July 24th is a state holiday in Utah celebrating the day Brigham Young and other members of the Church of Jesus Christ of Latter-day Saints arrived in the Salt Lake valley in 1847. Which is otherwise known as Pioneer Day. These early pioneers were escaping religious persecution and, over the years, truly made the desert rejoice and blossom as the rose. (Isaiah 35: 1). The day is commonly called Pioneer Day and has traditionally been celebrated with parades, fireworks, picnics and more. During this pandemic year, however, many of these festivities will not take place. In lieu of the outward celebrations, perhaps this is a good year to have inward celebrations not only of those first and subsequent pioneers who came to Utah, but for all pioneers who braved challenges so that their posterity would have a more abundant life.
UTAH PIONEER DAY
If you have Utah pioneers, perhaps you will enjoy learning more about them. Start with your own family members. Call or visit an older family member who may have stories and even relics handed down from past generations. For online learning, one of the first places to visit is Family Tree at FamilySearch.org where other close or distant relatives may have posted photos and stories of your ancestors. A wonderful website that includes interactive history projects and other pioneer research databases is Early Latter-day Saints – A Mormon Pioneer Database. The mission of this website is “to identify the people, places and events of the early history of The Church of Jesus Christ of Latter-day Saints, helping to preserve for descendants of pioneers and all who share in their legacy, their story of faith and fortitude.” Of course, the Overland Trail Pioneer Database is a must for those searching for pioneers who traveled the “Mormon Trail.” This “Pioneer database project began more than 30 years ago as staff at the Church History Library began to explore ways to help researchers better understand the experience of the Latter-day Saints as they crossed the plains to the Great Basin between the years 1847 and 1868. The database now contains information on more than 61,000 pioneers and 384 wagon and handcart companies.” Perhaps your pioneer ancestor came from another country. If so, you may want to explore the website Saints By Sea which “offers inspiring accounts” of the journeys of these early Latter-day Saint converts who heeded the call to come to Zion. And, finally, two other web pages you may want to refer to are the Daughters of the Utah Pioneers website and the FamilySearch.org Wiki page titled Mormon Trail.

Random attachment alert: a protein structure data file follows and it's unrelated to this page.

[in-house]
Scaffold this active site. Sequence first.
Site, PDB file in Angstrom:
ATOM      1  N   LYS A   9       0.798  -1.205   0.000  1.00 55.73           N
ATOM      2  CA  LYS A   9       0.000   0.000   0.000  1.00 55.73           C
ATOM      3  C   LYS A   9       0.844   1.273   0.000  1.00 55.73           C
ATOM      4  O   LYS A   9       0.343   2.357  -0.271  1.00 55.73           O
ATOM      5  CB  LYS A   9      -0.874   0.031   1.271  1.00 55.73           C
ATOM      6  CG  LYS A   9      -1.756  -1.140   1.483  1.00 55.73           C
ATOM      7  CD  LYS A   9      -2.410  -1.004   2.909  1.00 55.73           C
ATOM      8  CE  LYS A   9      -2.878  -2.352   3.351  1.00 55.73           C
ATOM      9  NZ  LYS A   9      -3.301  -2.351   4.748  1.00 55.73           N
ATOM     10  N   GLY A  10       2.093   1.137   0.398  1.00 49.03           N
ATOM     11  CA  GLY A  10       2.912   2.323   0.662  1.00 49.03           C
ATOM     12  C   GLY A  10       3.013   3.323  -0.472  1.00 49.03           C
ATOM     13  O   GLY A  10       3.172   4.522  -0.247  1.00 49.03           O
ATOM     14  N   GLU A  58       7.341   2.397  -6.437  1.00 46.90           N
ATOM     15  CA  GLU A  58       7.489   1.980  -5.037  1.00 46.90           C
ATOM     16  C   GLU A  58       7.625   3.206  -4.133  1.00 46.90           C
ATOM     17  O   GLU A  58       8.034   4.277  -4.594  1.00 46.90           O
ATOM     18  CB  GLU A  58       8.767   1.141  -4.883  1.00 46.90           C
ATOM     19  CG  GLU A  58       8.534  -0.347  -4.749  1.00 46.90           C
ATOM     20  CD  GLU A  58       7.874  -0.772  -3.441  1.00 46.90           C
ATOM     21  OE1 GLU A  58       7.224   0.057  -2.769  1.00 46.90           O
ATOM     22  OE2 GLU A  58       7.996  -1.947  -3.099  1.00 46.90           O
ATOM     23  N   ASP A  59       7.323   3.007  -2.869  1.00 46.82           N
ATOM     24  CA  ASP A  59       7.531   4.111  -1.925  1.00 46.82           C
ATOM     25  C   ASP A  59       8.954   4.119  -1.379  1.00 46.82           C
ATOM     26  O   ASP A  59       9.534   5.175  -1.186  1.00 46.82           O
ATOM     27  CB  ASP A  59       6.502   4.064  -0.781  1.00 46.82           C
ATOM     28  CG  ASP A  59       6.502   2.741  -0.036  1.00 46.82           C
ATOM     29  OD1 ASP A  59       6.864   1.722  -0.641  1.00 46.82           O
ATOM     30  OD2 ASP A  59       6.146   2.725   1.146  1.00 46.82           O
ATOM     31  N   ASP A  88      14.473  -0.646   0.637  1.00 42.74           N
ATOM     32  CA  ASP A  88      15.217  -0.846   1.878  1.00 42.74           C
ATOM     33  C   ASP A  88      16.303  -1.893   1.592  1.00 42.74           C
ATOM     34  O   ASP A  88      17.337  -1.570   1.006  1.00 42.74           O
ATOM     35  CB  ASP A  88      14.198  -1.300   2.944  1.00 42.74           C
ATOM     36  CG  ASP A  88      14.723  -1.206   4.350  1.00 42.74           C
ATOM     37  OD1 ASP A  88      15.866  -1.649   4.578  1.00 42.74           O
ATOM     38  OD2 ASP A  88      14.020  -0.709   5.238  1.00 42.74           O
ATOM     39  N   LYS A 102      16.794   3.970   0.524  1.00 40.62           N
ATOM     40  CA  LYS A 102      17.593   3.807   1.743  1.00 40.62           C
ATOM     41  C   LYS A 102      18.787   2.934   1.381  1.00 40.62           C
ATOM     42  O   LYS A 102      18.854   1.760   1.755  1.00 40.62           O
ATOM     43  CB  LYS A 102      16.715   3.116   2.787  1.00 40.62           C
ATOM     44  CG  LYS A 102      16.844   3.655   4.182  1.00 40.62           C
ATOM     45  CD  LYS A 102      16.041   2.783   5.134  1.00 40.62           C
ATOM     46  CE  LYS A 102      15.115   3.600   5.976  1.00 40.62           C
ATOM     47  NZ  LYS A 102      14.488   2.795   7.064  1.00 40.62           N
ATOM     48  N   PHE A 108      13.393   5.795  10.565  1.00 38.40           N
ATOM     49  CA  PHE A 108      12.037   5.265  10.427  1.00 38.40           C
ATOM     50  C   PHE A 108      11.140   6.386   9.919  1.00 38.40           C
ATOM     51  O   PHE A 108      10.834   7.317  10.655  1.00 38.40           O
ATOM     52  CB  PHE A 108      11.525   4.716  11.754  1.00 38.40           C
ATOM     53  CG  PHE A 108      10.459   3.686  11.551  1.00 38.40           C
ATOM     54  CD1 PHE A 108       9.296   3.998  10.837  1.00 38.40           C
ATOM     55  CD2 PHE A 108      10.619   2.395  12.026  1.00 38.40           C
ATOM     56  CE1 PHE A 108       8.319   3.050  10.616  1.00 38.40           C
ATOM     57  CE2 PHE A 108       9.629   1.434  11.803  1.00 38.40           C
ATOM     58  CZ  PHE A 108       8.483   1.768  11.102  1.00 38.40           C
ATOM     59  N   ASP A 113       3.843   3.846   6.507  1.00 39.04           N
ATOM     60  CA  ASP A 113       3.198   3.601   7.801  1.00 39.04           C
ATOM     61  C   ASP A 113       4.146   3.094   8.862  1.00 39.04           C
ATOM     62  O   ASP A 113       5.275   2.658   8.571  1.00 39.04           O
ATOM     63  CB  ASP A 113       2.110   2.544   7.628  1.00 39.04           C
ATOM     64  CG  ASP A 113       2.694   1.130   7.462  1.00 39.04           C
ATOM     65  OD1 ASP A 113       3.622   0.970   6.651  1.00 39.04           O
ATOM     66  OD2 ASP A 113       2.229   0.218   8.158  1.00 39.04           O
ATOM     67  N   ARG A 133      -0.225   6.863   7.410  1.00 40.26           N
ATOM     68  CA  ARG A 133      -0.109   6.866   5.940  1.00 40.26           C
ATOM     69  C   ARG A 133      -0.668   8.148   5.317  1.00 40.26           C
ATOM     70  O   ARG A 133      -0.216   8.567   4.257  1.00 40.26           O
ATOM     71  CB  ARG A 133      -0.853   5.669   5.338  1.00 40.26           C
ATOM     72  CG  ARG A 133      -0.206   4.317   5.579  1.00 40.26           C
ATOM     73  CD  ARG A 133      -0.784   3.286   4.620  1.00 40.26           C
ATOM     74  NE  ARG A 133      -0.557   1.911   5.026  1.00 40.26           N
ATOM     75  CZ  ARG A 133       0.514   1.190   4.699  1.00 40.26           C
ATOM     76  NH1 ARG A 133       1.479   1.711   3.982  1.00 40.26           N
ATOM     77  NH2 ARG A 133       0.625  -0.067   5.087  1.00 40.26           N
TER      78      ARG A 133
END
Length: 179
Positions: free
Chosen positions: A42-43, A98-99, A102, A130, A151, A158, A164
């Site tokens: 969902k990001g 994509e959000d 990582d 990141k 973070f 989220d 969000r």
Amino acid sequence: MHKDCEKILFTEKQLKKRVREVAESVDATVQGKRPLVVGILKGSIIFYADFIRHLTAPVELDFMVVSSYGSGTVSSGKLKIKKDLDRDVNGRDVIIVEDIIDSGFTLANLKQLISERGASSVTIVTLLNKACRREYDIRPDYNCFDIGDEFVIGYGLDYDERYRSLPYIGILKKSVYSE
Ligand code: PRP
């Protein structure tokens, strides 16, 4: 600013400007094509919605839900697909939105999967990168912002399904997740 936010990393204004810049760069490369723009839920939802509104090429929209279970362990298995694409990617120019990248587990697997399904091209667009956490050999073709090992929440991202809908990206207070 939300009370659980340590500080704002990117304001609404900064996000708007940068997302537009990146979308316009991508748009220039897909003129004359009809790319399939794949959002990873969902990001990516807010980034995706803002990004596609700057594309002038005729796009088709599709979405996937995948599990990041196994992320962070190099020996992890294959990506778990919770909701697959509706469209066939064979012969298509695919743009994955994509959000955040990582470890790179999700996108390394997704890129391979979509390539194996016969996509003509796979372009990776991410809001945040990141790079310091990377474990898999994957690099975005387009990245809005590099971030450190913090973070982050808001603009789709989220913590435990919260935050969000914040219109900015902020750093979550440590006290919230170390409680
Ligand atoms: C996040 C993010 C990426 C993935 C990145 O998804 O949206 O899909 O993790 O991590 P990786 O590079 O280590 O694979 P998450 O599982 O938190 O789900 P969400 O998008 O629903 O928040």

WESTWARD MIGRATION PIONEERS
Thousands, even hundreds of thousands of Americans and immigrants traveled westward during the migration of the mid-1800s. They traveled west for the same reason their forebears left secure homes or countries--the desire for affordable fertile land where they could create a good life for their families and posterity. National Geographic has created a map showing the various trails used by these pioneers.
The Oregon-California Trails Association has a marvelous educational website with links to many other trails such as the Cherokee, Southern, Missouri and Kansas trails. It also includes a link to “Genealogy and Paper Trail” which is a “searchable database of remarkable journeys, with names, places and a survey of the text. This database includes a list of libraries where the original historic documents may be found.”
MODERN DAY PIONEERS
One of the definitions of pioneer is “to open or prepare for others to follow” (Merriam-Webster transitive verb). In this sense all Americans have forebears who have pioneered or prepared the way for others to follow. All have an ancestor who left home, either by will or by force, and came to an unknown land. Even Native Americans were not always able to stay in the same place, so also settled new land and prepared it for others to follow. So, all Americans have forebears who pioneered. It might be interesting to learn about their adventures. Some places to search for information follow:
May this 24th of July be a day for all to celebrate their pioneers, whether they crossed the plains, a mountain, the ocean, or a border. We can all be grateful for their bravery and sacrifice so that we can have a better life.
Do you have any other questions about the history of Pioneer Day? Let us know in a comment below!